“You have taken the land which is rightfully ours. Years from now my people will be forced to live in mobile homes on reservations. Your people will wear cardigans, and drink highballs. We will sell our bracelets by the road sides, you will play golf, and enjoy hot hors d’oeuvres. My people will have pain and degradation. Your people will have stick shifts. The gods of my tribe have spoken. They have said, ‘Do not trust the Pilgrims, especially Sarah Miller.'”
I guess that means I’m thankful to live in a land that allows me to be this glib. I like being glib. While it might be traditional to skewer a silly Thanksgiving episode of an American sitcom from the 80s (I don’t think anyone has hit the Family Ties episodes, for example), I’ve, instead, chosen to go the more sentimental route. Chalk it up to the cold medicine, if you like.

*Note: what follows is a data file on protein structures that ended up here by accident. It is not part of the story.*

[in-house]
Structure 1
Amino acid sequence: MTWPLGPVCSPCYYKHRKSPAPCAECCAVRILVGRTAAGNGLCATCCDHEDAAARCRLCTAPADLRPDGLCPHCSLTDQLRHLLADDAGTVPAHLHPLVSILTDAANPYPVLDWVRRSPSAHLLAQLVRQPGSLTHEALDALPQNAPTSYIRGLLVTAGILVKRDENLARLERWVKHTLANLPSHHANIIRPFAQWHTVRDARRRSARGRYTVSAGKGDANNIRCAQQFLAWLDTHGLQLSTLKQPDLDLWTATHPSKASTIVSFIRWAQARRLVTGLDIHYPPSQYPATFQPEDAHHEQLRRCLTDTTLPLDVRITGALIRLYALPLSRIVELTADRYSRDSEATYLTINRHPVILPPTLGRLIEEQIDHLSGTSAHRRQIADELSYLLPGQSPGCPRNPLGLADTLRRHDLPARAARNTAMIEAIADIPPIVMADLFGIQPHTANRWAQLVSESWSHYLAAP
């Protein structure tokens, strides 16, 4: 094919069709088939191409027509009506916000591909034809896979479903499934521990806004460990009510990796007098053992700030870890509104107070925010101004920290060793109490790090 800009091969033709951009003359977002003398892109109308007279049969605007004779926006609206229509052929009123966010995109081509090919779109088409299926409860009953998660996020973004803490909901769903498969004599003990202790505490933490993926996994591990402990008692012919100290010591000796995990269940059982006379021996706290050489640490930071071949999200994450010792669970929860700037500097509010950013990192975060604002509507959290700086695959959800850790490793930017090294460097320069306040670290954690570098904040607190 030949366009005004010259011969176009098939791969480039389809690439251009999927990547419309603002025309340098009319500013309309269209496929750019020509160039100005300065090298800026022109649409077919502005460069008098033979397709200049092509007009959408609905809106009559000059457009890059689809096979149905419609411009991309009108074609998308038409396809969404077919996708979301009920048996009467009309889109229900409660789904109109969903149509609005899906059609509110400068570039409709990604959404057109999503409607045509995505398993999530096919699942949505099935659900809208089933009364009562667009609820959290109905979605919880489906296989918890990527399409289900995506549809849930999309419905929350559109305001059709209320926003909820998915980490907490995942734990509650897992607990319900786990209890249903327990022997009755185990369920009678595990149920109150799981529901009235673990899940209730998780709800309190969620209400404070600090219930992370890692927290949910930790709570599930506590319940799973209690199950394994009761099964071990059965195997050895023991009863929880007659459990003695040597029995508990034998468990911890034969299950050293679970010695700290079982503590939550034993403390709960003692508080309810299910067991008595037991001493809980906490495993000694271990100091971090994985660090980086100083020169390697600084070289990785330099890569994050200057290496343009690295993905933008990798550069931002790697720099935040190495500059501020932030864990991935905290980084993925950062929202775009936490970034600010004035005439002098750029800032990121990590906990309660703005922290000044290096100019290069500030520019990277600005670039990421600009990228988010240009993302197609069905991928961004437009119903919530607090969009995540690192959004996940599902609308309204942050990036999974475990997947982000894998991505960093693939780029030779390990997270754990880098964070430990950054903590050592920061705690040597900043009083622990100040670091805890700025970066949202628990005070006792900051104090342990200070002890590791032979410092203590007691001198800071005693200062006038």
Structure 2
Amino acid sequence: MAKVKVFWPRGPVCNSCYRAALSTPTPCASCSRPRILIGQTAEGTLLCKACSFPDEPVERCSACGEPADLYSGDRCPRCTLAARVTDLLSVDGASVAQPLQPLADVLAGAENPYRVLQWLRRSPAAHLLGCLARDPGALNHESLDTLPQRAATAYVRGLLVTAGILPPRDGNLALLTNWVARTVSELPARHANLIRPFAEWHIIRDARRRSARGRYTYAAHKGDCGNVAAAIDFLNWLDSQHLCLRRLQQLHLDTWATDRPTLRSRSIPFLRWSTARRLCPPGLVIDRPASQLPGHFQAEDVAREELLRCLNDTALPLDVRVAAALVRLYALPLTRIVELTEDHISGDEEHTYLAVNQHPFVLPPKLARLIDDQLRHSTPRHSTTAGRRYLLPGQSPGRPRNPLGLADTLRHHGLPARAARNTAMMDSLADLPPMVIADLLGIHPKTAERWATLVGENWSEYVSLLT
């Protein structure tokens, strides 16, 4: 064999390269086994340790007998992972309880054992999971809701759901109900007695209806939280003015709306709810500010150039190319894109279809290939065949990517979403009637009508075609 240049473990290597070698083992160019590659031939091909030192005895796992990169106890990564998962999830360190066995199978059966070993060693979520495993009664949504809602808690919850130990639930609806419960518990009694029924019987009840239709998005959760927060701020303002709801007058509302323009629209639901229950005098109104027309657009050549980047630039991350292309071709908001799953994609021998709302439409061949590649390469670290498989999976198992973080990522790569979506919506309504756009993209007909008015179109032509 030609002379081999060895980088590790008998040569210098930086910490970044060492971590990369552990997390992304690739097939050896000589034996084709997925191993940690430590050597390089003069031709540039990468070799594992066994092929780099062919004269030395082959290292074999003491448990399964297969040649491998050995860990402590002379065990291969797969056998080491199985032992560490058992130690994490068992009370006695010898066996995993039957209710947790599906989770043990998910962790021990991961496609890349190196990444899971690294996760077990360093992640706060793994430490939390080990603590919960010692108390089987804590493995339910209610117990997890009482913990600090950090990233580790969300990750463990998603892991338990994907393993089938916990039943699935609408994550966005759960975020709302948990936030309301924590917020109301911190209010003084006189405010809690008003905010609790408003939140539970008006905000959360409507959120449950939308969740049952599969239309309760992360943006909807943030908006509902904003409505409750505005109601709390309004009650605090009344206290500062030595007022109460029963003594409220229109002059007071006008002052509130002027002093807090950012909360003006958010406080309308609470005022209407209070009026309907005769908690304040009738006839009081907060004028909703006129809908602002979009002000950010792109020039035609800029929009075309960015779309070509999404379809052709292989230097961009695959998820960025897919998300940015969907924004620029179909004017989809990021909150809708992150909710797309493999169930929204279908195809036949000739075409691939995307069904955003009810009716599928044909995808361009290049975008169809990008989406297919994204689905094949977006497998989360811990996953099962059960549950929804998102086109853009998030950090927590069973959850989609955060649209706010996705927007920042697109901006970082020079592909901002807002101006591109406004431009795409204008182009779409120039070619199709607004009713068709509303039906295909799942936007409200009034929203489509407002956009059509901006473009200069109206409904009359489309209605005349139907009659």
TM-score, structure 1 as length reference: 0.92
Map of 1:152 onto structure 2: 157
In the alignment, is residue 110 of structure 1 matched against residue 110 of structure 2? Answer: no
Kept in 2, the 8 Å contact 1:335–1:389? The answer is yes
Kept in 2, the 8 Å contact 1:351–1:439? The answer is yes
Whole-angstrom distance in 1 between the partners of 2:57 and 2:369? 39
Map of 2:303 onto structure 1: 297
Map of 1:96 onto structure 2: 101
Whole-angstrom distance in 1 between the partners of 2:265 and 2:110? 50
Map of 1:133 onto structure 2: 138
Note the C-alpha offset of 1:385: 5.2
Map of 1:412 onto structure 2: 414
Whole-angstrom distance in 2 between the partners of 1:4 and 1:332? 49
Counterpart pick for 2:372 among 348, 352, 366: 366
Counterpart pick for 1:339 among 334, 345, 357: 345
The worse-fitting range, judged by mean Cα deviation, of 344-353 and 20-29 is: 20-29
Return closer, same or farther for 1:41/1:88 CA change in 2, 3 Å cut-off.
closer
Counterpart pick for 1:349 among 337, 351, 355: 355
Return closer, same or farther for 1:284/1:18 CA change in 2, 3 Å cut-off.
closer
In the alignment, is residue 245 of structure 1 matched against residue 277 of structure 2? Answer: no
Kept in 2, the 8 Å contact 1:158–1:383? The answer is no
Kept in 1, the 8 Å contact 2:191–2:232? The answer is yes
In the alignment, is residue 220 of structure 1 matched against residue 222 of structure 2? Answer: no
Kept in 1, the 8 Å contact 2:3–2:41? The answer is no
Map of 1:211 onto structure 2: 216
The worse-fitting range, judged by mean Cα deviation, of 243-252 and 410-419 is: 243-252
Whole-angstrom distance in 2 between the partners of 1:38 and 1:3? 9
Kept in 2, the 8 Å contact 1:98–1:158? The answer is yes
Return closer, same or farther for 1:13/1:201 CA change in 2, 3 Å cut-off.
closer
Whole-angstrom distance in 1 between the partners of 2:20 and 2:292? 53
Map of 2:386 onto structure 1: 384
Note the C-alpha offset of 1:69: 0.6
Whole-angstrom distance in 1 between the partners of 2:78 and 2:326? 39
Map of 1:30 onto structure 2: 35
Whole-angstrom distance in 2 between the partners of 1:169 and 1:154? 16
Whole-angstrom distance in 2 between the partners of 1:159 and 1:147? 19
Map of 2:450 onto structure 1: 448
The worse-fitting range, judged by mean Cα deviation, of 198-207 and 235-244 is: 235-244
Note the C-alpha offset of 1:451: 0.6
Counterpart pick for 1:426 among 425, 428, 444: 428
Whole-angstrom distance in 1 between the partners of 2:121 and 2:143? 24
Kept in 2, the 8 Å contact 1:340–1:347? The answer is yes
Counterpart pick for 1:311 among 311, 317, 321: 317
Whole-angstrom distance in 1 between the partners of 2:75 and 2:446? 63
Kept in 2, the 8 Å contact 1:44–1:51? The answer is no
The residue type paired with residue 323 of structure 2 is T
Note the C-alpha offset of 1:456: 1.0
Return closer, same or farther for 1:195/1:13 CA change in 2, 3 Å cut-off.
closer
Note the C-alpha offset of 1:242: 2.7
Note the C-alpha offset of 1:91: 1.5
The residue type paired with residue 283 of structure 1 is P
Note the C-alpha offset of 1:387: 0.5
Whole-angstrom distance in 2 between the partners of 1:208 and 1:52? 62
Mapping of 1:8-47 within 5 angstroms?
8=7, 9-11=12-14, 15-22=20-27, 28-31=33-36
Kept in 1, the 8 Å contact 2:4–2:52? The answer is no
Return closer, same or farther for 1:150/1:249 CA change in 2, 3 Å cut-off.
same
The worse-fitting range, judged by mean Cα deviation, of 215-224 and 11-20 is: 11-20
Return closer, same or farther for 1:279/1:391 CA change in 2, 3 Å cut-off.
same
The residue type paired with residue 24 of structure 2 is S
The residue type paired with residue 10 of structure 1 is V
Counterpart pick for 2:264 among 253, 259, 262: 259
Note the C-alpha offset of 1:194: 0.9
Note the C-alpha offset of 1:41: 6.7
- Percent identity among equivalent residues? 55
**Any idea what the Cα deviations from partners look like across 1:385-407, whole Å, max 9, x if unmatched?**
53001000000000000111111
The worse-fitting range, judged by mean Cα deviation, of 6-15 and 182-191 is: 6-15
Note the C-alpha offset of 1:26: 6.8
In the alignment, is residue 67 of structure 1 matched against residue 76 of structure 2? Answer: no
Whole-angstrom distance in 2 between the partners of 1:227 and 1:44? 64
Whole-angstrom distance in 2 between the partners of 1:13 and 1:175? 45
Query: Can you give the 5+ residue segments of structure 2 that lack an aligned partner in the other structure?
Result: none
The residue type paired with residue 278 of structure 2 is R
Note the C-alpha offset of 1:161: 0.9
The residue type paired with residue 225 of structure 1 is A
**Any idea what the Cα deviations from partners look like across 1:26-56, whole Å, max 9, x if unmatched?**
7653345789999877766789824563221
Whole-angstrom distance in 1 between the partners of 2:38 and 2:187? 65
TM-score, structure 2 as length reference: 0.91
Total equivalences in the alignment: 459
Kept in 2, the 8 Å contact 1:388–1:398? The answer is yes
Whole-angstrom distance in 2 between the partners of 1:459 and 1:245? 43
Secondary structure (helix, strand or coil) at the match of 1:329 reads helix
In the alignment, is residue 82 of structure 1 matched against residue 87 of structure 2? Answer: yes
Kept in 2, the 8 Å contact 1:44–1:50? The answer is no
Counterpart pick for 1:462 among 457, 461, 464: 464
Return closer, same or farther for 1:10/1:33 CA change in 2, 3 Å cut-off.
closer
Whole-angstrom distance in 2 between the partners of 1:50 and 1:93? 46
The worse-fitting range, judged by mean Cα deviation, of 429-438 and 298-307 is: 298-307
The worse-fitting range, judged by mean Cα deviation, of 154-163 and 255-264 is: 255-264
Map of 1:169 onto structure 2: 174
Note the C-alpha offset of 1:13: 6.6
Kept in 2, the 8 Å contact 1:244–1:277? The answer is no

Even in Southern California, Thanksgiving used to mean cold weather, well, as cold as readers in other states/countries might allow. With the coming of global warming, it’s not always as weather-y as I remember these days. Funny how that happens. On Wednesdays, there is the tradition of brining day, in which my grandparents discuss weather or not the wet brine formula includes fresh apples (it does).
There used to be a time when MST3K was on the air and we’d watch every episode Comedy Central may available. I recall the first airing of the Mexican Santa Claus was on a Thanksgiving day long ago.
Another tradition: I get sick on Thanksgiving. Some years, it’s just a migraine then next day brought on from too much pumpkin pie. Most years, it’s a full on cold like the one I have today.
Such is the Kingdom of Heaven, after all.
I suppose that means tomorrow, I’ll fire up some MST3K episodes and annoy my family with something other than football. See you all next week when I give one of my least favorite Bond movies another chance.